Monday, February 27, 2017

Want to Be a Better Learner? Consider How Pilots Train to Fly a Plane

In his book, Learn Better: Mastering the Skills for Success in Life, Business, and School, or, How to Become an Expert in Just About Anything, Ulrich Boser discusses methods for learning how to learn. This edited excerpt tells the story of how a grad student developed a program to help airline pilots learn a key skill to avoid deadly errors after a Northwest crash in Detroit killed nearly 150 people.

At the time of the Northwest accident, Mica Endsley was living in Los Angeles. She was studying for her Ph.D. in systems engineering at the University of Southern California. The Detroit crash occurred late on a Sunday night, and Endsley would have heard about the incident on the news, with accounts like "Life or Death Turned on Twists of Fate" continuing in the papers for days.

In her graduate school work, Endsley had been thinking a lot about the causes of airline crashes, and Endsley believed that something called "situational awareness"--a type of ambient perception--might be the root cause of the issue. As a skill, situational awareness has a good amount of history, and at least since World War I, pilots have been debating the true nature of the skill and its role in flying.

At the time of the crash, situational awareness was still a vague concept, often understood as something innate, a roll of the DNA lottery.

Endsley found, for instance, that just about every pilot could misread a problem if they didn't have sufficient background knowledge. She also found that skills like awareness and metacognition were crucial, and pilots without these skills were more likely to make major mistakes. For the first time, she also demonstrated that situational awareness required planning as well as a type of relational knowledge that allowed pilot to solve problems during stressful moments.

Endsley soon developed a training initiative, taking her research to airlines and flight schools, helping them develop better educational programs. In her teaching, Endsley encouraged pilots to ask themselves "what if" questions to help them develop a more systemic understanding of flying: What if this didn't work? What if this didn't happen? What if the engines stopped functioning?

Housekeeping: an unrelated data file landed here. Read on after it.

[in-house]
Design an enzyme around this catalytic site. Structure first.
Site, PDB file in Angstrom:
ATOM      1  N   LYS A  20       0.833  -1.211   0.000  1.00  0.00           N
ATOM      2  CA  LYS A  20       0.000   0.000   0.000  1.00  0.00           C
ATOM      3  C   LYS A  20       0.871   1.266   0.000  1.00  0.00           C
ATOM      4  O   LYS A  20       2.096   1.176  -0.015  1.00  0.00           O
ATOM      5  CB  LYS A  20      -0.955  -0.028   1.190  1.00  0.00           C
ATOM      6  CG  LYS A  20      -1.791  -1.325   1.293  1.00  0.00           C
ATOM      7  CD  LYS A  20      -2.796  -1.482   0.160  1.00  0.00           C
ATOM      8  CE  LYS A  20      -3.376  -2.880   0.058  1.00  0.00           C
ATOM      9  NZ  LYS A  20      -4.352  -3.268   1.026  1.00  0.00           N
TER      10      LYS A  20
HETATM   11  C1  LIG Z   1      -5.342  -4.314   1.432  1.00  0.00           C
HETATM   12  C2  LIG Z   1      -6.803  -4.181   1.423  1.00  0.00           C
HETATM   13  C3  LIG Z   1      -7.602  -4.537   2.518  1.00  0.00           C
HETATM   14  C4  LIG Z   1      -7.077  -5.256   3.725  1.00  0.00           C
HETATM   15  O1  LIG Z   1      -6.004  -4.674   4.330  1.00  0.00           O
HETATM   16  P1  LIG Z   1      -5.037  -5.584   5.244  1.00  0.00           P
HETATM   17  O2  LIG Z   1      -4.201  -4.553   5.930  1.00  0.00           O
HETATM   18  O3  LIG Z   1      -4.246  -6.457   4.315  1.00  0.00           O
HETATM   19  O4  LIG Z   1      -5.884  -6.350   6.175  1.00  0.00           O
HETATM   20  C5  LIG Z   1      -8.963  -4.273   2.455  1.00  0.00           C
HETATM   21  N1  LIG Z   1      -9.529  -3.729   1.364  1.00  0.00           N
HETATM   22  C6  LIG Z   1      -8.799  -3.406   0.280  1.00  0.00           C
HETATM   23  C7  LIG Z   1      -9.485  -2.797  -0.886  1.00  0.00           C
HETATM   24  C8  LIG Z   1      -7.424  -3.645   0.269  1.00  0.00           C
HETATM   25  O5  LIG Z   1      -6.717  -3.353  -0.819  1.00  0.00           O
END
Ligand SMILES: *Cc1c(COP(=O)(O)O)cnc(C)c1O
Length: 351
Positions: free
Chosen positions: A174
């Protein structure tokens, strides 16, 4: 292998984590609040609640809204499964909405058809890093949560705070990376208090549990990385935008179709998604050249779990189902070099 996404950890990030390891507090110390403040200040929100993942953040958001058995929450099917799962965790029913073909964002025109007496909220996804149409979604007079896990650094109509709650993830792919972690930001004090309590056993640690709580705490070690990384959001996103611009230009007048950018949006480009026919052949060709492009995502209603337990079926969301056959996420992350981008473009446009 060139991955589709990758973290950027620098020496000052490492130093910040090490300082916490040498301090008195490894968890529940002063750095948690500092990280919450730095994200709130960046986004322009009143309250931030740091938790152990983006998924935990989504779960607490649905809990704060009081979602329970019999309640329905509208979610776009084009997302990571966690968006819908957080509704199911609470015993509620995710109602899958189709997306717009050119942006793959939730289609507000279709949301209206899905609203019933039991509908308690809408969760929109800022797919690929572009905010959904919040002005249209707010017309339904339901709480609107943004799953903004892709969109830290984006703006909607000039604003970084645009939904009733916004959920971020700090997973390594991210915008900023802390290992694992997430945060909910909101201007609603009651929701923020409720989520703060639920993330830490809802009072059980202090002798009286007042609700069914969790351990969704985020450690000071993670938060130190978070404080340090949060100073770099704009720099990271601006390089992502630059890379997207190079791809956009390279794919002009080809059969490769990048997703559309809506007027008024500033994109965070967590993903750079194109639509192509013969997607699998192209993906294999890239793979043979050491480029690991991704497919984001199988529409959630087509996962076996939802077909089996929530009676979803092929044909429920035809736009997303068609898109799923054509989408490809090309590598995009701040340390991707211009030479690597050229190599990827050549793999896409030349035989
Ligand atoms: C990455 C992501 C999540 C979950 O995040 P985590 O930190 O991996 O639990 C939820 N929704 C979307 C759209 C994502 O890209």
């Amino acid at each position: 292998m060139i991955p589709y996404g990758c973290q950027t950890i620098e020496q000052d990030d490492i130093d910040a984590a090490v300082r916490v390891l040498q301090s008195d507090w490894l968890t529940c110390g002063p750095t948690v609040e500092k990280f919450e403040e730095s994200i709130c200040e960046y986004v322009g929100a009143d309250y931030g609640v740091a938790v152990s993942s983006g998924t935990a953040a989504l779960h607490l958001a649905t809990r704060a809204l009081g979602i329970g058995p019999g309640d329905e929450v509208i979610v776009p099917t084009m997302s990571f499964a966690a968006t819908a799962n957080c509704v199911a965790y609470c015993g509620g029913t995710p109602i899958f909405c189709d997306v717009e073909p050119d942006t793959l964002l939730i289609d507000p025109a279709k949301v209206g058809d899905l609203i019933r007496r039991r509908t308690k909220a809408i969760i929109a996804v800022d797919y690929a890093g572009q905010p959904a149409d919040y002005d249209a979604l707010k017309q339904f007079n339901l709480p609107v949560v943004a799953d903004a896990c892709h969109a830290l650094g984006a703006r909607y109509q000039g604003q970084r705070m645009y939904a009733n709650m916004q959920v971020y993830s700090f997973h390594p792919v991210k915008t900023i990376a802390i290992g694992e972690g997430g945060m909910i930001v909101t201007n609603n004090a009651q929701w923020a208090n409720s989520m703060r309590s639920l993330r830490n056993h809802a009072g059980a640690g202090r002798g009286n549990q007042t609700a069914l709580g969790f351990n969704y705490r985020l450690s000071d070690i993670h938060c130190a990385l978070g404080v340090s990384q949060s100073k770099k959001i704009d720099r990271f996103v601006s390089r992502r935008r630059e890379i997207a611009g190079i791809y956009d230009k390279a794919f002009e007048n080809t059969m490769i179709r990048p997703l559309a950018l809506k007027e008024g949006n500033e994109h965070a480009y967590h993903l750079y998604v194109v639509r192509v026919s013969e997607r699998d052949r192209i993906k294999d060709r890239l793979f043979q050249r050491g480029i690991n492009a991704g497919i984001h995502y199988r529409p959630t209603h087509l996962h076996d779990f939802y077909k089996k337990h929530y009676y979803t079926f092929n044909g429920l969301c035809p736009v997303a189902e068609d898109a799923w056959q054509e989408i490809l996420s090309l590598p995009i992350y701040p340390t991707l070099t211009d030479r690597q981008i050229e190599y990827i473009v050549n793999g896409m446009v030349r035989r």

Endsley also pushed for the direct application of the skill of situational awareness, of learning as mental doing, and she and her staff would often sit with pilots in a flight simulator, helping them develop a more concrete sense of how situational awareness works. At the same time, Endsley underscored the value of thinking about thinking, and she recommended that pilots engage in self-talk, explaining situations to themselves, examining their patterns of reasoning.

Today, many programs--from Air Force basic training to medical school programs--teach Endsley's approach, and while there's no clear way to track the impact of Endsley's work, there's little question that her efforts have helped stave off airline accidents. By giving the pilots a learning process, she helped them gain a skill that they clearly needed.

Or just consider that at the time of the Northwest wreck, 2,000 people would die every year in plane crashes. Now it's less than 500.

Math or reading, biochemistry or gaming, playing the piano or knitting a sweater, there are proven ways to improve our skills and knowledge, and even something that seems as vague and ill-defined as situational awareness can be developed. The key, it turns out, is to make learning a dedicated process, to use a targeted approach that relies on focus, practice, and reflection.

For her part, Endsley has mapped out three stages of situational awareness--perception, comprehension, and projection.

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